Certain diseases (such as diabetes), disorders, personal habits (such as smoking) and medications or chemicals are known to increase the risk of coronary heart disease, especially heart attacks. These factors, which cause heart problems, are called risk factors for coronary heart disease. To avoid a heart attack, you need to be aware of the various factors which trigger coronary heart disease. These include high blood pressure, abnormal blood cholesterol levels, and smoking; These factors need to be changed or even eliminated. It is also important to follow and contact your doctor for instructions. Take medications as directed and make the recommended lifestyle changes.
Some risk factors, such as age and sex, are beyond our control, but we can change and even eliminate many other factors. A family history of heart attack is a potent risk factor, but it can be limited to some extent. For example, obesity, hypertension, hyperlipidemia, and smoking often work in the same family, but certain lifestyle and eating habits often influence this family history factor may affect a heart attack. It has been shown that many people have many risk factors. As a rule, overweight people are prone to hypertension, high cholesterol, and diabetes, and all of this can worsen in a sedentary lifestyle.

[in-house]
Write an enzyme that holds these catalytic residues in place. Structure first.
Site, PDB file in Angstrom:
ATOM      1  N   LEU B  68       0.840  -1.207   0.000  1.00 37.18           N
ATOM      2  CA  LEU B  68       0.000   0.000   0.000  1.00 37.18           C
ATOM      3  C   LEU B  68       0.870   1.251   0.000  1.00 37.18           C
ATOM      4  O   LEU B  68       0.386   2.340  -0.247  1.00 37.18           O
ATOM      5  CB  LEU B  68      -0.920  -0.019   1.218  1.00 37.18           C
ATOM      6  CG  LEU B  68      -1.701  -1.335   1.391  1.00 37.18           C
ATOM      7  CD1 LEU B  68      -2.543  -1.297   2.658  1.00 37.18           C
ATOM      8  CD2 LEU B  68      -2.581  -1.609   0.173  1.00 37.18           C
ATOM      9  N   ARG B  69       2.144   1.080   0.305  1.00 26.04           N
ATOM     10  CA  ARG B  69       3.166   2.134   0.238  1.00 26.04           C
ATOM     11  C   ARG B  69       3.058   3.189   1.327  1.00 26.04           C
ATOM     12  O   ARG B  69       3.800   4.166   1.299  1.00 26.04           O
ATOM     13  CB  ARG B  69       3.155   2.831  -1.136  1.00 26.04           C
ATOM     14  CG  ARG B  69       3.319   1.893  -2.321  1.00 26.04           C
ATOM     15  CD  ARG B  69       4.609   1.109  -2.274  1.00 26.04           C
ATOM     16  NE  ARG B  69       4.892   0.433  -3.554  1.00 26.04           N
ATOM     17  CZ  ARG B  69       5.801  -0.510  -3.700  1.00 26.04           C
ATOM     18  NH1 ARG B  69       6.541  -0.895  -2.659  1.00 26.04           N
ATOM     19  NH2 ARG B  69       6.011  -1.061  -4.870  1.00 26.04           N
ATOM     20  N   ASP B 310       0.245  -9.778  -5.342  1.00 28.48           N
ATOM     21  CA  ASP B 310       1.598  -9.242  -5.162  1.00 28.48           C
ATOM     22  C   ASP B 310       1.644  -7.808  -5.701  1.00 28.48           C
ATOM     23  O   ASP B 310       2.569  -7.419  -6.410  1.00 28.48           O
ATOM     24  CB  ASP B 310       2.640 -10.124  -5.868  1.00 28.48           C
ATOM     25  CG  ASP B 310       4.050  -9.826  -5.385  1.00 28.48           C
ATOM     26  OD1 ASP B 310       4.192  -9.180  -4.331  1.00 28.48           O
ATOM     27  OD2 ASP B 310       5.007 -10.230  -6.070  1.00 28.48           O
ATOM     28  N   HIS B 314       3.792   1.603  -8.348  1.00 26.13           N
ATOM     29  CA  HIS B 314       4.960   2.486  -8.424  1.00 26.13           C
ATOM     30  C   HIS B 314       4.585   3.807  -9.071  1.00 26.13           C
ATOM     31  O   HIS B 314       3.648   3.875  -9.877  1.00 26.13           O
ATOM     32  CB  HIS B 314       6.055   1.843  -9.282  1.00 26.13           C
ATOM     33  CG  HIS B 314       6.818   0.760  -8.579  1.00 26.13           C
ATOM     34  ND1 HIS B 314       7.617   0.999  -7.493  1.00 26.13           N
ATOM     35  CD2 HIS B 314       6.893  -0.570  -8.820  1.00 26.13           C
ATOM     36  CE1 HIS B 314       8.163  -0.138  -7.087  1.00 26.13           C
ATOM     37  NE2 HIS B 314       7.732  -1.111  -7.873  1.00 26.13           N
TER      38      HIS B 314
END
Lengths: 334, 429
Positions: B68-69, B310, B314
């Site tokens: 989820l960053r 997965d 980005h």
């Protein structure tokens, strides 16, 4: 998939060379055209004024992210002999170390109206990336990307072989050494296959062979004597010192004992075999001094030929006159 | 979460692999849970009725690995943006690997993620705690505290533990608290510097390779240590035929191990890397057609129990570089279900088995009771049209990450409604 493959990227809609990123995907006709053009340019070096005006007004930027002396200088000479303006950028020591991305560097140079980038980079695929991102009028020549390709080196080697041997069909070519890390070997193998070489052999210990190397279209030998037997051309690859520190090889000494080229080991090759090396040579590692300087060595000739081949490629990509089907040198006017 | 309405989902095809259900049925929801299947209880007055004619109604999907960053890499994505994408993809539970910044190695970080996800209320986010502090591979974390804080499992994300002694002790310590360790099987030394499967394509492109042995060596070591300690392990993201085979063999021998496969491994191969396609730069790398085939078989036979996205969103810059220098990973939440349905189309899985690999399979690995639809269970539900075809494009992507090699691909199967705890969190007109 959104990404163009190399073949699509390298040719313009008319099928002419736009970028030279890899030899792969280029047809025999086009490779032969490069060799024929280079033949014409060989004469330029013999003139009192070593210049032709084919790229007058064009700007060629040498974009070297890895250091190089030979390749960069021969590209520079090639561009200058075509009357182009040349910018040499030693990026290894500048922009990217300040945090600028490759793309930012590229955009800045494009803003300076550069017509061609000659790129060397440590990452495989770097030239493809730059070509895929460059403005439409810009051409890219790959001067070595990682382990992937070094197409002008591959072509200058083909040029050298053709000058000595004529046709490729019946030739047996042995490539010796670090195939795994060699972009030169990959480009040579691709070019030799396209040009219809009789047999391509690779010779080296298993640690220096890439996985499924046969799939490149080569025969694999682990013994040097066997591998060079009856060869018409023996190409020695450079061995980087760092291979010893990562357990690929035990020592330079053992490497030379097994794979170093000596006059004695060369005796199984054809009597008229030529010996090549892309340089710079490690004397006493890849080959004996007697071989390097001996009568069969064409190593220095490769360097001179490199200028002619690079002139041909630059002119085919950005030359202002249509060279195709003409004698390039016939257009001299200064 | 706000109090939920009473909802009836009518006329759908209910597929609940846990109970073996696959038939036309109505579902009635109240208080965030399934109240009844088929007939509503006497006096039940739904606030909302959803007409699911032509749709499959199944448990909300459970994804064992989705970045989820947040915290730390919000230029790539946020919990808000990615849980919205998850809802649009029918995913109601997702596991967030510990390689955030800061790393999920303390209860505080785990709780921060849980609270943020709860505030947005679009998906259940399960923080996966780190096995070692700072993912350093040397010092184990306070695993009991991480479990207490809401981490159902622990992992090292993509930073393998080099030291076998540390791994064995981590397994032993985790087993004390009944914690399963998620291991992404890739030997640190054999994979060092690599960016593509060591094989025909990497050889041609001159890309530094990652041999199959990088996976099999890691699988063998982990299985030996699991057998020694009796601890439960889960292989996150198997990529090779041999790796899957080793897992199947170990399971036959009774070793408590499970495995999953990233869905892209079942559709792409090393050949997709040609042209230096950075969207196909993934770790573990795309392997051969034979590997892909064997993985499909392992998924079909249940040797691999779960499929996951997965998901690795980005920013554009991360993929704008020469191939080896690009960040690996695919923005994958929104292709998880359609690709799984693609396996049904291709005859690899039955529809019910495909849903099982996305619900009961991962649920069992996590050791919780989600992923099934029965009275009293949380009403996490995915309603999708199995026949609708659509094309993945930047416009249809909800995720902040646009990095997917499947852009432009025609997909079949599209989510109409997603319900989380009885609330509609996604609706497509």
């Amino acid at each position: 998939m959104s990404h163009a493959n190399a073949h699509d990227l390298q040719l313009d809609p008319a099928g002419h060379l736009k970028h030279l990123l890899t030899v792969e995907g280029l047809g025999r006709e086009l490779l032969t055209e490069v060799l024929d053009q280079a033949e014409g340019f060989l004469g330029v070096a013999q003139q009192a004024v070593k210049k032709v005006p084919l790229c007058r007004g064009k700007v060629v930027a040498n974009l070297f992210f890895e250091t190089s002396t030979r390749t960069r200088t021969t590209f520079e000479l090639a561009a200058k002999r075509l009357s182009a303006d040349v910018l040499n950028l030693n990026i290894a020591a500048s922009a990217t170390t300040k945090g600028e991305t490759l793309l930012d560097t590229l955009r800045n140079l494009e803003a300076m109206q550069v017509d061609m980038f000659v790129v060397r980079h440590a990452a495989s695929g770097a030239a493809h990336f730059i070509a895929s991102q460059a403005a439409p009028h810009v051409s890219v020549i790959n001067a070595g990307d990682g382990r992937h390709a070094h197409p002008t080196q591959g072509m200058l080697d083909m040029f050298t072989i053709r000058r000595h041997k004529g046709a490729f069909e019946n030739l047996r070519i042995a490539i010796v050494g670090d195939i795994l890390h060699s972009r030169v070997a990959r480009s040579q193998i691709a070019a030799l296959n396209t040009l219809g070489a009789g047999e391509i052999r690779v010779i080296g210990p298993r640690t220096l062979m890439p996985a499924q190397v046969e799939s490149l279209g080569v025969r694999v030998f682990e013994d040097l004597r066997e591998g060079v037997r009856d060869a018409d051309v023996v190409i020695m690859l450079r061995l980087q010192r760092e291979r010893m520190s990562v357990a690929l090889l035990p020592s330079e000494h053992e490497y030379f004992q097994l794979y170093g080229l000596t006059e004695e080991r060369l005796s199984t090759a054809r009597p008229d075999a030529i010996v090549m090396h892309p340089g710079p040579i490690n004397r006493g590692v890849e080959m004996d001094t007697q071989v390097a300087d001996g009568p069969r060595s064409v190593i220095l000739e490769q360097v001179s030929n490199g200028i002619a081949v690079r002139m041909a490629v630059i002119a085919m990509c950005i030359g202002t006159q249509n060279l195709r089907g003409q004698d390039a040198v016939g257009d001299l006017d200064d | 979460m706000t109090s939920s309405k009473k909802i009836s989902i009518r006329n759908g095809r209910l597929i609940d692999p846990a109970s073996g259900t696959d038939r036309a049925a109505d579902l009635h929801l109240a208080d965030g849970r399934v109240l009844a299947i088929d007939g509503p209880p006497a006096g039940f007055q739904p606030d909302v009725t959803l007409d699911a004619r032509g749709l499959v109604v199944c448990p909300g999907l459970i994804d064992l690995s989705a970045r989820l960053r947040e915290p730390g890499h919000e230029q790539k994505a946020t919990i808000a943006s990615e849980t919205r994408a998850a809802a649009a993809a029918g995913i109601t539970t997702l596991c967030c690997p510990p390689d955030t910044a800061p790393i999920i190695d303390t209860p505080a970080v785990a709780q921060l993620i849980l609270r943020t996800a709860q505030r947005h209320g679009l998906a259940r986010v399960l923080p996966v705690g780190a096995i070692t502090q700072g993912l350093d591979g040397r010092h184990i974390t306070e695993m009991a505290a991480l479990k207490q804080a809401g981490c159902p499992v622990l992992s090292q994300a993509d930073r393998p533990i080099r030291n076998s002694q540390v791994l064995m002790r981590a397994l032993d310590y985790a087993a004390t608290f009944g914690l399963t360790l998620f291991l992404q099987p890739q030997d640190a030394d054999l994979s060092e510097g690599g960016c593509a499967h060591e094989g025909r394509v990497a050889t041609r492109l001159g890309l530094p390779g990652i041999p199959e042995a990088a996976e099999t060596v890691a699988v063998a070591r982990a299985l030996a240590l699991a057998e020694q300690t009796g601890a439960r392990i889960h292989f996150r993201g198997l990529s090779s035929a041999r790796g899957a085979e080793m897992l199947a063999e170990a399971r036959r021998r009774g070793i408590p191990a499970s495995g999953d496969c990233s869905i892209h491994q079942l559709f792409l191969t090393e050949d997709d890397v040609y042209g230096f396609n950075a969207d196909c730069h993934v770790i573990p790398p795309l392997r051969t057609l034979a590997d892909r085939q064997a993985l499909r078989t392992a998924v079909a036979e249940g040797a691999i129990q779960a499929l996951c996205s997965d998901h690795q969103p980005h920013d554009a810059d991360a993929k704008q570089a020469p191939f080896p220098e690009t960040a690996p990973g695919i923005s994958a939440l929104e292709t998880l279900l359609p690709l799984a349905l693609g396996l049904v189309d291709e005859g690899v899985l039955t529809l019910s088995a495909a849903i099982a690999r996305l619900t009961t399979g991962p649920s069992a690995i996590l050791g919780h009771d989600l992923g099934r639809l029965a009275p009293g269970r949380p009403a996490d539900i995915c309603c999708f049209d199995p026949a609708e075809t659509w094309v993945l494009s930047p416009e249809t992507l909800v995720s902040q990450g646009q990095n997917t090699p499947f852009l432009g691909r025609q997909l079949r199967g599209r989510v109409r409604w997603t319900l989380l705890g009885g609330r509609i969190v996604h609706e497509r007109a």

Emotional stress is a significant risk factor that you consider less valuable because it is not apparent as a physical process. However, this stress usually raises blood pressure, which can lead to excessive reaction or smoking due to nervous tension. Anger does not always show signs or physical effects. Young rebels, however, are prone to early heart disease, especially heart attacks.
Homocysteine is another risk factor. Abnormally high levels of homocysteine amino acids in the blood are considered an increased risk of developing coronary heart disease and stroke. Homocysteine can damage the lining of arteries and promote blood clotting.
Depression hurts the immune system, blood clotting, blood pressure, blood vessels, and heart rate. This factor may even aggravate the patient’s desire to take medicine to heart. On the contrary, seasonal fluctuations are intertwined: in the winter months, more deaths from heart disease occur, and in summer the smallest amount occurs.